As opposed to the slower, prop-driven drones like the the Air Force's Predator drones that are better suited for smaller, more prolonged conflicts that require light-weight missiles and insurgent surveillance, the jet-propelled X-47B appears designed more for quick, shock and awe bombing runs against heavily fortified enemies.
Whether or not the Navy adopts a full fleet of X-47Bs will likely boil down to cost. As Wired first reported, funding for drones is dropping. Additionally, David Axe points out that the Navy has already sunk a lot of money into the X-47B to the tune of $800 million since development began in 2007.
The Unmanned Carrier-Launched Airborne Surveillance and Strike System, a proposed follow-on program to the X-47B, could cost more than $2 billion over the next five years and billions more if put into full-scale production. By comparison, a ship-launched Predator-style drone could cost around $9 million to build, while a jet-powered drone fetches a $15 million price tag.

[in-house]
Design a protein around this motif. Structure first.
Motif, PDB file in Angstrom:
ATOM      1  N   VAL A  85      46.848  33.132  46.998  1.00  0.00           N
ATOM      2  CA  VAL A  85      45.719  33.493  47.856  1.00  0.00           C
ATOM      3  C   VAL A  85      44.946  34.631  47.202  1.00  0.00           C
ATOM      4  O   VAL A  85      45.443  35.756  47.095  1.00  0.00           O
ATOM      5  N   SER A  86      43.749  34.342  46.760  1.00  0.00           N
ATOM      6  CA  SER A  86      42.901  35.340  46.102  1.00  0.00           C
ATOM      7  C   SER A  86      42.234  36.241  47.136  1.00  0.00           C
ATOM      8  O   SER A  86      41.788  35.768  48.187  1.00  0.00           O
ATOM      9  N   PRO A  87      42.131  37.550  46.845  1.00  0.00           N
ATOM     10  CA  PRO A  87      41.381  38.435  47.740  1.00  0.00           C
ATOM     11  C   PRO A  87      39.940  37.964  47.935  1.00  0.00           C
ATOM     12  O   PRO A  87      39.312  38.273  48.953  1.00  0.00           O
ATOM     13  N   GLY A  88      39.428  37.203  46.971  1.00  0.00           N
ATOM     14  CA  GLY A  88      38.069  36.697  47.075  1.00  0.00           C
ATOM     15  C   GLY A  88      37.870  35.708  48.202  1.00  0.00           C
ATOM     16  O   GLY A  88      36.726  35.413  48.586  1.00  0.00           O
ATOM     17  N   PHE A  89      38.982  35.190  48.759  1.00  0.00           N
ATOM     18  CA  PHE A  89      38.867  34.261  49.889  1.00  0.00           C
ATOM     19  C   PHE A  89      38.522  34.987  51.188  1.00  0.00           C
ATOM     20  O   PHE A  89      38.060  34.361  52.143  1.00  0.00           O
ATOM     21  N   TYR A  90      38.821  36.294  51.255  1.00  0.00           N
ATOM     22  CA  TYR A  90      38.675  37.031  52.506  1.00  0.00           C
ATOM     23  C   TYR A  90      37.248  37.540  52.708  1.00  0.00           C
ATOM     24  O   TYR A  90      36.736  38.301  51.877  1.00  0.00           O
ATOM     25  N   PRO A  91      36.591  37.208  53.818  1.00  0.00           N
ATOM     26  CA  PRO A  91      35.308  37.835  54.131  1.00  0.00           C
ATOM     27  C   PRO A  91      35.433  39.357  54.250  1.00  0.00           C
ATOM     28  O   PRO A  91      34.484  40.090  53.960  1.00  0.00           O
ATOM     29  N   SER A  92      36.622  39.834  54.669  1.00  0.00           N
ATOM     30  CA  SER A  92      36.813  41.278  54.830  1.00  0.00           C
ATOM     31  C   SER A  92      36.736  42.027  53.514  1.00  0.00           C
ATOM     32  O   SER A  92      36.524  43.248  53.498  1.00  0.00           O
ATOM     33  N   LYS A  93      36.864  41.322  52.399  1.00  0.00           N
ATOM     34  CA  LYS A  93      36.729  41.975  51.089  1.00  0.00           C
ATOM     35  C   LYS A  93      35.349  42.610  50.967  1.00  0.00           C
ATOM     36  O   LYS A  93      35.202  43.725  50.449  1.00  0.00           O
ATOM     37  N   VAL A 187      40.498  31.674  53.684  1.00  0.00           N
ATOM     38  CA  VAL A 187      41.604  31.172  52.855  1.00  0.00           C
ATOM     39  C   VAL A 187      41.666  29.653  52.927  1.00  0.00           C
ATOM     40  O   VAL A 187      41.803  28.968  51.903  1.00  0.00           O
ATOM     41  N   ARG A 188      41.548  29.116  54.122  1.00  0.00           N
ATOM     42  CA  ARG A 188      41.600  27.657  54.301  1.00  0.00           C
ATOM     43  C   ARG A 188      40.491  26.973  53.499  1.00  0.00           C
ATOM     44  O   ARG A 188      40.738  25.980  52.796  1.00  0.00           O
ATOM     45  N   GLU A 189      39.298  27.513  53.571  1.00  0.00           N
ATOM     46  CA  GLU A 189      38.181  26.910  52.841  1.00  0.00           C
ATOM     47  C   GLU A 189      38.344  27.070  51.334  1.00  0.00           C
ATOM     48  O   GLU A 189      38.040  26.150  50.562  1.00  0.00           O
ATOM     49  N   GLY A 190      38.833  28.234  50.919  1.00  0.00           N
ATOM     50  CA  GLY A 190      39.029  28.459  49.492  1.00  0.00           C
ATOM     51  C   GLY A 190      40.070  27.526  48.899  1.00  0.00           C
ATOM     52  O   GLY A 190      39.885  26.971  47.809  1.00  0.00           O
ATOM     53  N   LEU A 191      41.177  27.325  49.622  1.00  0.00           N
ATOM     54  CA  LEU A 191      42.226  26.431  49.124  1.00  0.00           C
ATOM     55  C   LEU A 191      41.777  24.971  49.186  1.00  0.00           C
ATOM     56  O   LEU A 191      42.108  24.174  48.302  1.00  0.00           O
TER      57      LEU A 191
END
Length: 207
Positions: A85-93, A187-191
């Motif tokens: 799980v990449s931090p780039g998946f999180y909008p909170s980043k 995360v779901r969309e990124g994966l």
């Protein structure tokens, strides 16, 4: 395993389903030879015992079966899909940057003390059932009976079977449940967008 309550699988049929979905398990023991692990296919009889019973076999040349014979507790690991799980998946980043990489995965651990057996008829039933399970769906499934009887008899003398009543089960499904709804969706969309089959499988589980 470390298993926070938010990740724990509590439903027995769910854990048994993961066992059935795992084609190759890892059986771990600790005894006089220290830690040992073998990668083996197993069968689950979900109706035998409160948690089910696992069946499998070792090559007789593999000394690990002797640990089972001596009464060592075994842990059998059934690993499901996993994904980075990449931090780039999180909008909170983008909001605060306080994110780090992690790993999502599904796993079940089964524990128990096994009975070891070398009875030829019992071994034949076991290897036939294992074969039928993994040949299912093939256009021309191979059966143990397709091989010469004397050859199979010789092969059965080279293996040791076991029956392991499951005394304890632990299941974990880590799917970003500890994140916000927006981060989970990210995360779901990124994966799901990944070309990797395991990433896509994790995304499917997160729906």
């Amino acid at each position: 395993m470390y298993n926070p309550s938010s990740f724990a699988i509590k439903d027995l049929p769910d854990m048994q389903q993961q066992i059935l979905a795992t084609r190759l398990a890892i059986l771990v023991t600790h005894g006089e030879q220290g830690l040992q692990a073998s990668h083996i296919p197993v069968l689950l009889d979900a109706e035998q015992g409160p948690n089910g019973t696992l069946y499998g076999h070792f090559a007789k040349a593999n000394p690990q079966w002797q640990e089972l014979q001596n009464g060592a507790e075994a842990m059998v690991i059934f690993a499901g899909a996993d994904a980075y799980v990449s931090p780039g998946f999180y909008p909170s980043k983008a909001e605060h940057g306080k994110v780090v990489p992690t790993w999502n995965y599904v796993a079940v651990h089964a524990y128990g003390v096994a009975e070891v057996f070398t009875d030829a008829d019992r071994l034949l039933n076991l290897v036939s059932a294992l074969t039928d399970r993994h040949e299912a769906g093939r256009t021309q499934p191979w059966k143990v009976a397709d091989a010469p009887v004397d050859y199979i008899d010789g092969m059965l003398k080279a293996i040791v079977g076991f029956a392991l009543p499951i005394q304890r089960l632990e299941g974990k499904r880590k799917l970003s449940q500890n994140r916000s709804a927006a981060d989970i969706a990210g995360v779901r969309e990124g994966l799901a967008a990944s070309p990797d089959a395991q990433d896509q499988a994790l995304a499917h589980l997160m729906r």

"The X-47B is a great story," Mark Gunzinger, a defense analyst at the Center for Strategic and Budgetary Assessments think-tank, said according to Reuters. "It's a milestone and a step forward for unmanned, carrier-based aviation. But I think the real story is what's next. How do we operationalize this capability?"